In response to the sanctuary laws, Orange County sheriffs have previously defied state law by providing ICE with information on inmates in custody.

    The Orange County Sheriff’s Department, whose leadership opposes the new California sanctuary law that limits cooperation with federal immigration officials, announced Monday that it is now providing public information on when inmates are released from custody.
    As of Monday, March 26, an existing “Who’s in Jail” online database includes the date and time of inmates’ release – a move agency officials say will enhance communication with its law enforcement partners.
    The release date information applies to all inmates, not just those who are suspected of being in the country illegally. But the goal is to assist agents with the U.S. Immigration and Customs Enforcement, or ICE.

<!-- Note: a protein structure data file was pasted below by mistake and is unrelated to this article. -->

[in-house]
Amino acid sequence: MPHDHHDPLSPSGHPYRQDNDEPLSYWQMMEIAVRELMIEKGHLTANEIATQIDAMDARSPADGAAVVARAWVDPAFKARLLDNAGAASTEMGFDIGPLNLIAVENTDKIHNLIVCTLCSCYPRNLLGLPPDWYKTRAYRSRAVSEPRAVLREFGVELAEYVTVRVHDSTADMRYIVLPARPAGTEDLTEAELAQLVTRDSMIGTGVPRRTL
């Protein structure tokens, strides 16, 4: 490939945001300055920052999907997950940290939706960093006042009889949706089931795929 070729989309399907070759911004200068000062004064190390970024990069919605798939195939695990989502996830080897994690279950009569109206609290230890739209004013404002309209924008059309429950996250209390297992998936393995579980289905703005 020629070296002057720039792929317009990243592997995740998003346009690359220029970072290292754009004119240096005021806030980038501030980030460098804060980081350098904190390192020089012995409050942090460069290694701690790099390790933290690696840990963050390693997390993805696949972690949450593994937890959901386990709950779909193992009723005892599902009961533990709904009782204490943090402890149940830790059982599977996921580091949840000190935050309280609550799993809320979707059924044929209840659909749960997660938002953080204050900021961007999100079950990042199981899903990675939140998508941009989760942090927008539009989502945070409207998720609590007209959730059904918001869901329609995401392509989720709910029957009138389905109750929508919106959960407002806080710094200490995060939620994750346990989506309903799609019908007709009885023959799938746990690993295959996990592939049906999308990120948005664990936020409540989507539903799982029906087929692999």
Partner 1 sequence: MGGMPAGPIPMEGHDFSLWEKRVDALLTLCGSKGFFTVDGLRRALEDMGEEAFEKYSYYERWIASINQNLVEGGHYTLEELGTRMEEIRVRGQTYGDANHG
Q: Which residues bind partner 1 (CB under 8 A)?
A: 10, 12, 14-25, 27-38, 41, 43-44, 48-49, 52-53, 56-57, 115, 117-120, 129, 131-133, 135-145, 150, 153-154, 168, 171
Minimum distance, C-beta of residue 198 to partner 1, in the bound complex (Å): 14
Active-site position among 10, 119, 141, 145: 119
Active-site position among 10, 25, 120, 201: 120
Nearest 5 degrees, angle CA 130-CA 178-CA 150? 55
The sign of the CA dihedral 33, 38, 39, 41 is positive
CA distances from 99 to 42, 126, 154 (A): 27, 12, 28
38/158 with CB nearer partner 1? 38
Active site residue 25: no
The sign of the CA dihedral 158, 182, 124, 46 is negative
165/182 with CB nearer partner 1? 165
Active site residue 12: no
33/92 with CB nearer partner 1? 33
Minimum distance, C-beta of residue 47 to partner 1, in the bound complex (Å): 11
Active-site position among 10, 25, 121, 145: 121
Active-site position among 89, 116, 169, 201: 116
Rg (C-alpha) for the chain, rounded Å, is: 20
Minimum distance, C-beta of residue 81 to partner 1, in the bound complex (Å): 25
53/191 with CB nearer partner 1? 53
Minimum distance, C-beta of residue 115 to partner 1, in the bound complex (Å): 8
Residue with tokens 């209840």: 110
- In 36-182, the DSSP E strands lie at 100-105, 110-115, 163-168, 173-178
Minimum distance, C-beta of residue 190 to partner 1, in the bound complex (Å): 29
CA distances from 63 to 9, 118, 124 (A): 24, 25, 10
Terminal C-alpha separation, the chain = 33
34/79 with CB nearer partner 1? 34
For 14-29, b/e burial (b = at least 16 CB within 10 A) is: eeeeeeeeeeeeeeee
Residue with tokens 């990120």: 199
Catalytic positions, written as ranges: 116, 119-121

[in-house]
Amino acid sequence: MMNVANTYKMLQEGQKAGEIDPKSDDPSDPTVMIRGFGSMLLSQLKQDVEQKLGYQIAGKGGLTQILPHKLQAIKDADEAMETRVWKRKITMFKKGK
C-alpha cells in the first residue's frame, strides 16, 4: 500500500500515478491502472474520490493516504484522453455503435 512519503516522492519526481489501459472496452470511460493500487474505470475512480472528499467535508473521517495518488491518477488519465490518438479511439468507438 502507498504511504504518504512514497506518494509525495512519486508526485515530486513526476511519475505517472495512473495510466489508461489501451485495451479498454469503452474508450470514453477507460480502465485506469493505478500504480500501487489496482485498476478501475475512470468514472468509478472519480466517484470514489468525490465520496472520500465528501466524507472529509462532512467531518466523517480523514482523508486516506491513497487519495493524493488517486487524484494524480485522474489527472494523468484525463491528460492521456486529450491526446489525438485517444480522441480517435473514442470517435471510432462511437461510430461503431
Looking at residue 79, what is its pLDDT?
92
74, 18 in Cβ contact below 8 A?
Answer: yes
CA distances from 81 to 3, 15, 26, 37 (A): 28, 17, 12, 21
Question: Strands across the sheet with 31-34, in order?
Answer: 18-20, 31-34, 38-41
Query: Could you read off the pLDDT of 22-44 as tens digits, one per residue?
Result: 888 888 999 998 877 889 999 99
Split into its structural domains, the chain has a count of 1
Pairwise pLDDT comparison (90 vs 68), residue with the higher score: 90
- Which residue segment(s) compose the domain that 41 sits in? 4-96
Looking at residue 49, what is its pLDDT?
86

Orange County then voted to join the lawsuit, and soon after San Diego joined them in Trump's lawsuit against the state.

    At this time, 13 cities and counties have joined the lawsuit. Will it be successful? Should the lawsuit have gone ahead? Leave your opinions below.

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  2. #2
    Ferrets54's Avatar Praefectus Praetorio
    Join Date
    Dec 2004
    United Kingdom

    Default Re: Californian counties join Sanctuary City Lawsuit

    This is a difficult issue to find information on, as it is already over a month old and seems to have been inflated by Fox to provide a good news story for the Government:

    Very dry stuff really, and nothing more than grassroots politics in motion. Some Republican controlled counties have supported the Government. There really is nothing more to note here.

    Will they succeed? Their involvement will make no difference to the outcome. The political influence and economic clout of these Republican controlled counties cannot hope to stand against those of the Sanctuary Cities. Their support for the Government really is little more than a local footnote to the issue.
    Last edited by Ferrets54; May 02, 2018 at 08:01 PM.